One of the exciting companies I met with at the recent Structure Conference was Cloudability – in fact a number of commentators (well, myself and Paul Miller anyway) were a little shocked at the relatively poor ranking that the judges in the Structure Launchpad gave Cloudability – and we both expressed that shock publicly. Anyway – Cloudability have been called the “Mint.com for businesses on the Cloud” – basically they give a business visibility into their spend on cloud solutions – whether that be infrastructure spend or spend on SaaS applications.
Cloudability serves up a dashboard that quickly and clearly identifies where organizations are spending money and in doing so they aim to save businesses money as they identify expenditure that is no longer justified – those orphan apps that keep ticking over on someone’s credit card every month.
Cloudability is very new – they launched only a matter of a few weeks ago – and at this stage they’re unsure about where they will take their product, be it enterprise or SMB. They’ve identified a couple of opportunities;
- Giving enterprise CFOs visibility over organizational spend and hence the ability to gain oversight as to business unit expenditure on cloud solutions
- An SMB play that monetizes via highly targeted offers (“given you industry type and use pattern, this other cloud service would save you x dollars per month”)
As I said, I was really impressed with what Cloudability is doing – they absolutely answer a pain point for cloud users. I do think they need to think long and hard about the direction they go in – I don’t really buy the enterprise play, I see them ending up butting heads with some pretty comprehensive spend management solutions from the likes of SAP and Oracle to make that viable. Secondly the logistics around integrating with all the services an enterprise might need and creating controls over all the different expenditure paths would be problematic. Part of my concerns around the enterprise play, beyond the fact that Cloudability competes with some solutions form some very big names in the industry, is he fact that Cloudability doesn’t close the loop on monitoring – I’ve reviewed a bunch of cloud monitoring products and have often commented that without the management part of the piece, it is less of a product than a feature. I put this to JR Storment from Cloudability – his answer was that by covering the entire SaaS world and offering insights into monetization across all cloud services, they offer a breadth that is valuable for customers and that deepening the offering would impact upon this ability. He also mentioned that Cloudability’s strategy focuses more on managing the messaging and notifications from discrete cloud services – all billing messages will be delivered up through the Cloudability – providing a one-stop discovery offering.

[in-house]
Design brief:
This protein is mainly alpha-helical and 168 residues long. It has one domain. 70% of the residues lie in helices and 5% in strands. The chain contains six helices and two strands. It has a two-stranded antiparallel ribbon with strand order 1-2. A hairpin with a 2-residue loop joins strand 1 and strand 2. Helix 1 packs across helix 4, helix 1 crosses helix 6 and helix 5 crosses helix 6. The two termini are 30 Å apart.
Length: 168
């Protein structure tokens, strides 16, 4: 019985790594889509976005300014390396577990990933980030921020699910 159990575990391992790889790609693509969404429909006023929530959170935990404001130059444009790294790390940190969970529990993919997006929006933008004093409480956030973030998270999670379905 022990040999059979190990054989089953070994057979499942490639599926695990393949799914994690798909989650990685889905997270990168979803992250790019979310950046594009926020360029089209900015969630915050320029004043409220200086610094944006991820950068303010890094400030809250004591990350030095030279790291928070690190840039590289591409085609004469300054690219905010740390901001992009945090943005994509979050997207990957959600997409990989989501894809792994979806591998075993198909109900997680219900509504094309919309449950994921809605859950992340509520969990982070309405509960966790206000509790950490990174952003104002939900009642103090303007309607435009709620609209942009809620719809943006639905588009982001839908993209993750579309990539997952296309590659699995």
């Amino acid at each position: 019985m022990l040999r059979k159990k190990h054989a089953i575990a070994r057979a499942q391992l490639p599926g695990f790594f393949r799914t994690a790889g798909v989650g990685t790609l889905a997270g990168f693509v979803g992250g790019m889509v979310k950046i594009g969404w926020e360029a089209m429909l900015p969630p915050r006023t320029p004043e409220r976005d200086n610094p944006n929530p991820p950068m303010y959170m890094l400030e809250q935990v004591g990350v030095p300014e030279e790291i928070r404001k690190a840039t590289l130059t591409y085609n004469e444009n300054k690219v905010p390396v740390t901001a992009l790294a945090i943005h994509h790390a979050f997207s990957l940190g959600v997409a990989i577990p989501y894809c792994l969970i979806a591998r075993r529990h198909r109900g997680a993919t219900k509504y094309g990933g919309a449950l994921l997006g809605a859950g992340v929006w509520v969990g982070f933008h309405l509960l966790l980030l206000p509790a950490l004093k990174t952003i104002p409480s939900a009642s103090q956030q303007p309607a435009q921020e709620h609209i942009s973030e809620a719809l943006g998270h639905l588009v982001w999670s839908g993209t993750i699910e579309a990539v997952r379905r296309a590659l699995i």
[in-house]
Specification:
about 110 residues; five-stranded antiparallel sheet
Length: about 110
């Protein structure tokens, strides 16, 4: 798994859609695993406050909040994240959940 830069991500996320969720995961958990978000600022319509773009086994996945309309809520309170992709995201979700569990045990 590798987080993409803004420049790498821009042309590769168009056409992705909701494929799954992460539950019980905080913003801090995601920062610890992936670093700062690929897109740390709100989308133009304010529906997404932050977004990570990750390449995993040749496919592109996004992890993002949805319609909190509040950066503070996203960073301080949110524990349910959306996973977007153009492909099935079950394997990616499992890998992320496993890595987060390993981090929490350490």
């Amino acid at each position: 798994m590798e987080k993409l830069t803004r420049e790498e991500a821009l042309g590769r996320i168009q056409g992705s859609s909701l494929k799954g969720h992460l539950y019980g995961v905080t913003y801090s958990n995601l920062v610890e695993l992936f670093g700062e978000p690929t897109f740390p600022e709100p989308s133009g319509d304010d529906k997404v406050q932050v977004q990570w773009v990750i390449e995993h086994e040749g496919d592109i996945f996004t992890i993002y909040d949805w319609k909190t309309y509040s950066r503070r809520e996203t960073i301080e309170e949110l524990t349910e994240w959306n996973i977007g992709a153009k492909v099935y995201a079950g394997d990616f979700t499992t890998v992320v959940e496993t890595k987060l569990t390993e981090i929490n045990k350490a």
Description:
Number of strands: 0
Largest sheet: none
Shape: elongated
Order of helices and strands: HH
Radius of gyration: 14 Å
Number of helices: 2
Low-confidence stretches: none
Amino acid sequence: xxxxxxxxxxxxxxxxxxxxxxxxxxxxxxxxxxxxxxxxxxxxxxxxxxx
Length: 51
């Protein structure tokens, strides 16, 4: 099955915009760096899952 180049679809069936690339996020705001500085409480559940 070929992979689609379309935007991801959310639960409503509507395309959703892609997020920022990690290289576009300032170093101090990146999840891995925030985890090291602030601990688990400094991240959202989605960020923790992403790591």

Where I totally see the potential for Cloudability however is as an SMB play. Mint.com has proven the value of a solution that delivers real value at zero cost to end users – by giving users highly contextual offers, they’ve managed to monetize their service, while providing a solution at no cost to SMBs, a sector that is loathe to actually spend money on this sort of solution. Storment identified this as a real possible area of development for Cloudability – he gave the example of offering customer who use (for example) Amazon servers the ability to tie in monitoring service like NewRelic or Pingdom to assess the availability of those services.
Storment reports that he’s had some great feedback from enterprise CFOs who like he fact that Cloudability can give them the ability to gain visibility over “rogue IT” spending. While this may indeed be an attractive proposition for enterprise financial types – I struggle to see how they an avoid just having business units acquire cloud services outside of the Cloudability dashboard – thus rendering this opportunity somewhat moot.
Below is the video in full – excuse the poor sound quality – it was a noisy day at the Structure conference!